That doesn't mean I'll escape though - just that I'll probably have to play it in front of the class later in the month! One technique I used was to play the whole thing at 60bpm, and gradually get faster until I reach the full 120-140 bpm speed required. Just one or two mistakes in the Impromptu, but I soon picked off again from where I left off. It's one thing to mess up my own pieces, but I'd hate to ruin someone else's performance, so along with my own pieces, I've been practising around 3 hours per day over the Christmas holiday! Well, let's just say it wasn't a complete disaster :) I actually was so nervous for the first piece (Maple Leaf Rag), that I developed extreme pins and needles as soon as I sat down to play. A lot has been said about the complexity of the work and I realize I am very ignorant and unknowledgeable about its exact nature. After listening to it maybe for a few months you will realise different parts of the music, larger chunks of the score become one body of sound instead of confused mess to our ears.
I understand the value of having to be patient in finding something in the music, but still. That would be interesting, to say the least!But who's to say that this hasn't arguably occurred already? The main reason for this venture though is to see how well I can eventually play, and to divulge the techniques and methods I used to most quickly learn the piece. I get it sort of right after numerous attempts though, and then dare myself to play the bass along with it. I've heard it is possible to practise both hands together, but for a piece of this complexity, I think hands seperately is best. After a little while, I find I can place my fingers on the correct notes, and can even get the nightmarish triplet style timing to a semi-reasonable level when playing for proper. I think it's because I'm so used to playing 'normal' arpegios, that the fingering is currently a bit difficult.
First off, I use a slow enough timing, so I can manage the bar at a speed which doesn't get my fingers in a twist. I also attempt the second page with the 'saddening' descending of notes (it's the part just before where the main tune repeats - I love it). It's hard because you have to go really fast, span a whole octave (bigger hands than mine would probably make this easier), and play some tricky notes all at the same time.
Though, okay, it did take around half an hour to get back to the quality of playing that I was at last year.

I still have problems on the seventh bar for example (the bar where the melody climbs very high). I've also been practising Scott Joplin's 'Maple Leaf rag', and have got quite good at that too.
The Grand piano they have is very nice; much nicer sounding and easier to play than the most of usual upright pianos I find.
Then again, what would I know ;-) Actually, the whole of that thread is well worth a read - it's very amusing! Overall, I'm fairly happy, though I know I could've better if I wasn't so nervous with the Maple Leaf Rag. We are very impatient creatures, we all want to understand things straight away, have everything quick and accessible. But to be honest, I have my doubts about whether I can truly master it, due to the inherent difficulties as I'll explain later.
I'll give it my best shot, but I'm already beginning to think that I'll never be able to get this quite right. The timing is still iffy, but I'm speeding up, and unbelievably, my success ratio for hitting the right notes is actually starting to improve.
In other words, you are playing 2 single chords in the bass to every 16 notes in the treble.
But at least now I have a full size keyboard to reach the upper notes, and occasional access to a proper piano so I can get the dynamics (quiet and loud) right. For the real thing though, I'll be playing in front of all the students, some tutors, and probably many members of the public too.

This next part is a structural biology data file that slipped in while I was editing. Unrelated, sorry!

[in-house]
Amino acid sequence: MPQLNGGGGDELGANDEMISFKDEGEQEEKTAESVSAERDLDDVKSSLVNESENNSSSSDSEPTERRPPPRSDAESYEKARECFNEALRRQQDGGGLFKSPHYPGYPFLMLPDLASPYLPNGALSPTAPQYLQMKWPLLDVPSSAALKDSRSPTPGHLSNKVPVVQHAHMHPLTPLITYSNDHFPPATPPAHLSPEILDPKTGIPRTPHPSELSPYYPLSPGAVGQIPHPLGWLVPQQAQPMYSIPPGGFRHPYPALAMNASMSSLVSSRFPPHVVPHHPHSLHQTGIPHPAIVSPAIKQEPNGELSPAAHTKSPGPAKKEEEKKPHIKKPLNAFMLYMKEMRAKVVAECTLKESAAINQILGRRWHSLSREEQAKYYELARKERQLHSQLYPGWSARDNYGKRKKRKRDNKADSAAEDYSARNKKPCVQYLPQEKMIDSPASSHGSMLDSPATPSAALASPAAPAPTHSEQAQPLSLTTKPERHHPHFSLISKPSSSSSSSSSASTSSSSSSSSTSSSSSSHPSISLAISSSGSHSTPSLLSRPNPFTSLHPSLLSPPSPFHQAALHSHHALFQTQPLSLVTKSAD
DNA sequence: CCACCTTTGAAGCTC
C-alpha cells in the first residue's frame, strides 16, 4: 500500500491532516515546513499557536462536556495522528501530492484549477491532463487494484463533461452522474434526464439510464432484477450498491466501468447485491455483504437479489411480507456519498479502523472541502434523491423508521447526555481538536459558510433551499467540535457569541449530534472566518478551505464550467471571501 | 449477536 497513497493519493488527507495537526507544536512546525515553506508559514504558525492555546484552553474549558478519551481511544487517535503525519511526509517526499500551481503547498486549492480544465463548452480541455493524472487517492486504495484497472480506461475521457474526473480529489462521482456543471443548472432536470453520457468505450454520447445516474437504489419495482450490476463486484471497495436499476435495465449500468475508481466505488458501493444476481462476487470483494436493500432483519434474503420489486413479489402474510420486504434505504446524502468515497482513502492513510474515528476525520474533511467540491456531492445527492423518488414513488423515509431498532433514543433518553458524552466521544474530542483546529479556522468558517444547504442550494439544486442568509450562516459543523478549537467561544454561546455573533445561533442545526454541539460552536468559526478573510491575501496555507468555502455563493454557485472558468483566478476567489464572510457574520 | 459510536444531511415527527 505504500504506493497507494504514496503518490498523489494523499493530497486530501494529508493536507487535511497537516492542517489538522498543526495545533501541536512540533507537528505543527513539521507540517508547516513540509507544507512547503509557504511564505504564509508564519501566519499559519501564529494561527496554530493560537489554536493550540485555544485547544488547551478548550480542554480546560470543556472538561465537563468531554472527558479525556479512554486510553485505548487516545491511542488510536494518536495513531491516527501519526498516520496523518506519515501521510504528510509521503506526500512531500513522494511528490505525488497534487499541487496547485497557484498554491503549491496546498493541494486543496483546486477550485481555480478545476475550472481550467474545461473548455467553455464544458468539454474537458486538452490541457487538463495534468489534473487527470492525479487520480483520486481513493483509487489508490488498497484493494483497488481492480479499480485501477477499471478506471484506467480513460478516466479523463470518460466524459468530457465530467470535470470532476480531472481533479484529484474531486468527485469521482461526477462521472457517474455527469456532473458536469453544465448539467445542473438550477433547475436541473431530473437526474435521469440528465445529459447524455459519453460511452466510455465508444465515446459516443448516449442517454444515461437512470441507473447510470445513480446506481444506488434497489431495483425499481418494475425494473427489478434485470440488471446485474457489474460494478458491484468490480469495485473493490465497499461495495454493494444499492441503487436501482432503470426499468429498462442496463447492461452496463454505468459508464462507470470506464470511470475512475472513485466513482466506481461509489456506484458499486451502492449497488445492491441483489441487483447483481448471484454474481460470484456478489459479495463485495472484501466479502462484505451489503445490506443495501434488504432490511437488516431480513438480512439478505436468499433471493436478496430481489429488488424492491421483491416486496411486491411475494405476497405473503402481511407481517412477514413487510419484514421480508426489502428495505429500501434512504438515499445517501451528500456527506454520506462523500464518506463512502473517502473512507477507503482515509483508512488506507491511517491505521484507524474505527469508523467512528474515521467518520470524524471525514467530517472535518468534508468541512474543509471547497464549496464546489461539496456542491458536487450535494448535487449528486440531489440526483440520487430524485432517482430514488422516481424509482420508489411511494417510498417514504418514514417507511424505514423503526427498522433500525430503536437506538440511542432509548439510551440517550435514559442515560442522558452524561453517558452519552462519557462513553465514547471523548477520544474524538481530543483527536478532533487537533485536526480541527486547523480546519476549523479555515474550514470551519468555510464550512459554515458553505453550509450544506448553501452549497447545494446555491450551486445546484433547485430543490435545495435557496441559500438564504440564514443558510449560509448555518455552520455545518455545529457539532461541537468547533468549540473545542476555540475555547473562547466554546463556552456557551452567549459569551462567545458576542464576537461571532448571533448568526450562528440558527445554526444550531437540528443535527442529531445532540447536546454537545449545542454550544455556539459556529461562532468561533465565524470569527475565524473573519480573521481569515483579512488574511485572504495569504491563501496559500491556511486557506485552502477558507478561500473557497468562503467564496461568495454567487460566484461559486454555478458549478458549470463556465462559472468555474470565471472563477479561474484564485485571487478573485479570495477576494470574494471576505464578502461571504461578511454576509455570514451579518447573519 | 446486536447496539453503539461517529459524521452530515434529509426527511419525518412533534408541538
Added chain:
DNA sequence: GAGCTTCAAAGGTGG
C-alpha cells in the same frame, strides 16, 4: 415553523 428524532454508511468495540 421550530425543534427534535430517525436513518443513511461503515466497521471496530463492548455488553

How do they choose exactly what each note will be, and how much would be lost by changing notes around?
When you take tonality out of music, which I don't have a problem with, I think you need to replace it with something else on musical lines, not just something mathematical. I wanted to see if I could play one of the hardest and most daunting pieces of music I could find.
It was meant to be playable, but since I create most of my music on computer, I love to add immense complexity, and stop at nothing to add tons of notes, chords, as well as near impossible finger 'jumping' and arpegios.
The click isn't as nice as the QT-3, but it's got accented beats, and the tempo stays the same even once it's switched off and on again. Otherwise you're turning staff paper into graph paper, and losing sight of the entire point of music as divergent from sciences and other forms of expression. Granted certain pianists will disagree on which aspect is most difficult, but none will disagree about the scale to which they are difficult. For example, one pianist might believe fingering is harder than octave leaps, and another might argue visa versa.
I could imagine at the keyboard we have worked out the hardest things to possibly do but I think it would be really interesting if some actual technique was developed for plucking strings of the piano with the fingers. I could imagine how insane it would be to see someone play something like Sorabji and pluck strings to create another sound at the same time. In terms of the most difficult piece, I am going to take a stance and argue that composers of the New Complexity school, and also Sorabji wrote the hardest music. Sorabji's music is not only monstrously difficult to play technically, but the pianist must have exceptional analytical ability to decipher the multi-stave, measureless thick writing of Sorabji, while possessing stamina tantamount to its technical demands.
Anyone with a stamina capable of enduring four hours of thick and intense piano playing has wordly talent.
Composers of the New Complexity school have a different style from Sorabjis (not as long and thick) but the technical demands are no less daunting. But this does not mean that Sorabji and Finnissy did not intend for their music to have musical difficulty.
Perhaps it is just that so few pianists are capable of coming near this music that the music behind the monstrous technical challenges is obscured.